Deputy Mark Brown remembered at memorial

  • Brooke Fisher<br>Enterprise editor
  • Monday, March 3, 2008 11:36am

Although older by now, memories of former police officer Mark Brown proved just as effective in describing the first Shoreline police officer who died while on duty.

Members of Brown’s family, including his parents, two children, sister and two brothers, joined community members, coworkers and Sheriff Sue Rahr and First District Congressman Jay Inslee, who is Brown’s first cousin, at a ceremony on Aug. 8 in North City. A bench was dedicated near the site of Brown’s fatal accident.

“Mark didn’t pull punches or mince words,” said Rahr, a former Shoreline police chief. “I can’t tell you how much I wish Mark would swagger into my office now.”

Rahr shared her memories with the crowd that gathered, telling them how Brown was never at a loss for words. He projected a “tough guy” image and often would come into her office to either share a joke or tell her a “piece of his mind,” which she said she always appreciated. Brown was a “good cop and a good man,” Rahr said.

Brown was responding to a silent bank hold-up alarm on the morning of Feb. 25, 1999, when his motorcycle collided with a car at NE 177th Street and 15th Avenue NE. His emergency lights and siren were on when he struck the rear of a vehicle and he was wearing his helmet, but he was seriously injured. He died two days after the accident, at the age of 38. The alarm turned out to be false.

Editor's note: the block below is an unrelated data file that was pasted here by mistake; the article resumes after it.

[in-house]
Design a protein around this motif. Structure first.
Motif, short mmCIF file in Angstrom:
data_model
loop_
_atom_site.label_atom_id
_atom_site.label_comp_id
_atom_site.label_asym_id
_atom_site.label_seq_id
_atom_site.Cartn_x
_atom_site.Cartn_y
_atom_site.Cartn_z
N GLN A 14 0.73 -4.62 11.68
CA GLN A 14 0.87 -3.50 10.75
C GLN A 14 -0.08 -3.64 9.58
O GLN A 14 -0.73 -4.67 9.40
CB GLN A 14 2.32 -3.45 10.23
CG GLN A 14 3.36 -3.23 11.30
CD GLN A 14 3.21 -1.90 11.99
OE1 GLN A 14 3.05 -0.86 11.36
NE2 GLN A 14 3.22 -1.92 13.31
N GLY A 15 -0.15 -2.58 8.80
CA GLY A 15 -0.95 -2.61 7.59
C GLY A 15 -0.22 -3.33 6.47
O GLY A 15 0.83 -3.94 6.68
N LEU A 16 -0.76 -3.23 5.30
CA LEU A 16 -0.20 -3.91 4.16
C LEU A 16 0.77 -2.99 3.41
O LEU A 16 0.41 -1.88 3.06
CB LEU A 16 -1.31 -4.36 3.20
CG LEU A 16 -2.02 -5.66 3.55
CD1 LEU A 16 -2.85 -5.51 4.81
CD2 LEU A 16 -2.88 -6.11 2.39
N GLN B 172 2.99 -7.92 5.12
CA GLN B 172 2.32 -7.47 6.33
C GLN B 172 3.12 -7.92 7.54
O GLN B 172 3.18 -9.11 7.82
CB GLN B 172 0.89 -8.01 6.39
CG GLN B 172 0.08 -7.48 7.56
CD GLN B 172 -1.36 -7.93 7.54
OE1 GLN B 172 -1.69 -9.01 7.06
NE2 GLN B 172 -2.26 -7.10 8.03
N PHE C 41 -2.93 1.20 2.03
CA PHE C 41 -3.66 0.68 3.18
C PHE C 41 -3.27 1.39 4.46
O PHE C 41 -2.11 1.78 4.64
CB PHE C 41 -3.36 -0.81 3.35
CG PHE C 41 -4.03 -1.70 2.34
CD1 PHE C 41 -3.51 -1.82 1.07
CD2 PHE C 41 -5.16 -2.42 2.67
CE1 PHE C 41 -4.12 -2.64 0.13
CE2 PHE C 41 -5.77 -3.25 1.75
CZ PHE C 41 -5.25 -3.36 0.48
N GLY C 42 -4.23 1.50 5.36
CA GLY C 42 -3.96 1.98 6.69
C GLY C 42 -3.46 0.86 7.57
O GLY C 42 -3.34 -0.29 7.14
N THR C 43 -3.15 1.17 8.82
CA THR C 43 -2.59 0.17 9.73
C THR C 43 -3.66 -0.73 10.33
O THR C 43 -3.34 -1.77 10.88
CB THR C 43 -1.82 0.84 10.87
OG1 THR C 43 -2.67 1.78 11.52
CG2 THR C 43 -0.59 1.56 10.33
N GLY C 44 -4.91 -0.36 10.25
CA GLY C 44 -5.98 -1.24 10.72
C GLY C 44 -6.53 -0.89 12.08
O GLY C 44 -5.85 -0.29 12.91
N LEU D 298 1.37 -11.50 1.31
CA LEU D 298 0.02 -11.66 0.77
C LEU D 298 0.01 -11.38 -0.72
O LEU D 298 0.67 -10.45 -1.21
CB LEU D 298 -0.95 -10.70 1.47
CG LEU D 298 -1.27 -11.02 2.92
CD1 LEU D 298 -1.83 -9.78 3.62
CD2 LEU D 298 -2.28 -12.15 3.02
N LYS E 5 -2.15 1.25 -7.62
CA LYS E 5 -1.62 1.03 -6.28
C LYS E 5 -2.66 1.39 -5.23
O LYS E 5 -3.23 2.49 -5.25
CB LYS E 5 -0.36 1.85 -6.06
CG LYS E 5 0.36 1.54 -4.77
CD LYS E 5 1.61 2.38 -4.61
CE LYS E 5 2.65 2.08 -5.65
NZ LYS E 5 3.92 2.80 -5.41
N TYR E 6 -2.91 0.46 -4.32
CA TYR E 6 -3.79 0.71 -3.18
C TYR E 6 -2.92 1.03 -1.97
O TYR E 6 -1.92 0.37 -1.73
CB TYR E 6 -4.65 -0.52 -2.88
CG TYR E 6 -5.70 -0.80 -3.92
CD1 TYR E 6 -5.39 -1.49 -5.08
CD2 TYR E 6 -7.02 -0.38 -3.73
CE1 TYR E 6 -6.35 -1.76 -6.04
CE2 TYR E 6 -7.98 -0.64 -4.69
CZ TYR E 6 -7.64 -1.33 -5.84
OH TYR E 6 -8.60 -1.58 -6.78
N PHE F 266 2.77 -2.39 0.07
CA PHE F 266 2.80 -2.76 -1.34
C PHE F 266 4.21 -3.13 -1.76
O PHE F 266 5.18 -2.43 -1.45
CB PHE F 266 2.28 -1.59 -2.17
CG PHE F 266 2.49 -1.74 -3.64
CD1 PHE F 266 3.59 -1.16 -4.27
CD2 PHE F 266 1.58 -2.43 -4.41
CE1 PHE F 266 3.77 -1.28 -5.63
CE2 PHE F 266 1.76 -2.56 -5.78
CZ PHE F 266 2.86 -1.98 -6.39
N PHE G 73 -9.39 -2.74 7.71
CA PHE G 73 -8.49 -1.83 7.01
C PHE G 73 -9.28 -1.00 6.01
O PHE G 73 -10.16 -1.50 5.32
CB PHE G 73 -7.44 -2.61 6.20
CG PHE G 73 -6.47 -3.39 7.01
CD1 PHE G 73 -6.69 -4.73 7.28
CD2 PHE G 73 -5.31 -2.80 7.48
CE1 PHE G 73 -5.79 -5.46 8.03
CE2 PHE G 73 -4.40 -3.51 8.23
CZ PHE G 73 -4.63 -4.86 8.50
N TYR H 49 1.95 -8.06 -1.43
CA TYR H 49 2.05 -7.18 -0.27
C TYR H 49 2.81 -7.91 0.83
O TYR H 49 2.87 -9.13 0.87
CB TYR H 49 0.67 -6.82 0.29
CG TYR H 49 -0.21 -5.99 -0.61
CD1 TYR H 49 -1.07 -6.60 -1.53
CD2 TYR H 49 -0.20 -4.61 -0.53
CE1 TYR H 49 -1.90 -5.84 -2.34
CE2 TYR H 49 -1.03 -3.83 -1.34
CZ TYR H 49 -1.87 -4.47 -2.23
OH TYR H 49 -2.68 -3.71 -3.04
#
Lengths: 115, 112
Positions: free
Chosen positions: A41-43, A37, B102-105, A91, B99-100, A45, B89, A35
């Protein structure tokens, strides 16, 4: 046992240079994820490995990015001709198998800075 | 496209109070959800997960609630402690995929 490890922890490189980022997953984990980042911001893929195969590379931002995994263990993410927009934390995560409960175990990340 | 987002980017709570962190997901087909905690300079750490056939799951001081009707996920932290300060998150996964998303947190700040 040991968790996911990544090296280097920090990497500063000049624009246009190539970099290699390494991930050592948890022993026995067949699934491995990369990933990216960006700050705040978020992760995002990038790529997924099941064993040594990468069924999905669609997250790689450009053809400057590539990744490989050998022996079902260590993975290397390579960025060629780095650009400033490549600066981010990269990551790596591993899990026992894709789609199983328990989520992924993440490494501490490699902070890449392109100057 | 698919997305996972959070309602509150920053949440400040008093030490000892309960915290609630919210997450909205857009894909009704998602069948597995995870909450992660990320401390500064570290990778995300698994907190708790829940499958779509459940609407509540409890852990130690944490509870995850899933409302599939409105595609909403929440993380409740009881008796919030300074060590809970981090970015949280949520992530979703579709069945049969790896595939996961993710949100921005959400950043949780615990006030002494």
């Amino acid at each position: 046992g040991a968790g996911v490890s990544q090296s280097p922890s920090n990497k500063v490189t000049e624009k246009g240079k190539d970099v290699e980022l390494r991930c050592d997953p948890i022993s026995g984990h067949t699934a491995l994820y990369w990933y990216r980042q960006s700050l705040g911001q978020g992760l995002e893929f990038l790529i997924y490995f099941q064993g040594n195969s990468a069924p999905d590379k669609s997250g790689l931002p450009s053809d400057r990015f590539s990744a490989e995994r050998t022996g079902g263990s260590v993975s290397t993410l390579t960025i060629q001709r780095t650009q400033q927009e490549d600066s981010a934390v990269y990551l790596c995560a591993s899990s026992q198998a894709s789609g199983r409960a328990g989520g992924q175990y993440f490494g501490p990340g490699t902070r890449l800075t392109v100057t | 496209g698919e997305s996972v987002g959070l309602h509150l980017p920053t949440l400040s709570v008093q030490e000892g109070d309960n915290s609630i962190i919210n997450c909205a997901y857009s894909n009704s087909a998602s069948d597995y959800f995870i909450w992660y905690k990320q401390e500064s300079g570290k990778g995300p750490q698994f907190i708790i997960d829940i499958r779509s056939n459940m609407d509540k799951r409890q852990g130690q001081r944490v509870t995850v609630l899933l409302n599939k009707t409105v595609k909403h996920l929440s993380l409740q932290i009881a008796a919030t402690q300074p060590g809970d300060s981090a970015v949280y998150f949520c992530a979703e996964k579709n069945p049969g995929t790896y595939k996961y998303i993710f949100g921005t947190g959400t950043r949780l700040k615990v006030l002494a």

Brown had been a sheriff’s deputy since 1988 and was assigned to Shoreline as a motorcycle traffic enforcement officer. He also was a School Resource Officer at Briarcrest Elementary School.

Brown was at Leena’s Cafe having breakfast when he received a call that an alarm was going off nearby, said his sister, Sheri Brown Smith, 50.

Brown lived in Shoreline with his wife, who has since remarried, and his two children, Hannah and Alex.

Although a dedication ceremony had been tentatively discussed for a few years, it recently came to fruition, Smith said, after her mother contacted the city six months ago to request a memorial.

“It has been hard for the family to drive by the accident site,” said Smith, who resides in Bothell with her family. “I used to drive on 15th (Avenue) all the time.

“It is an honor that the city is doing something,” Smith said, “even though nothing will ever bring him back.”

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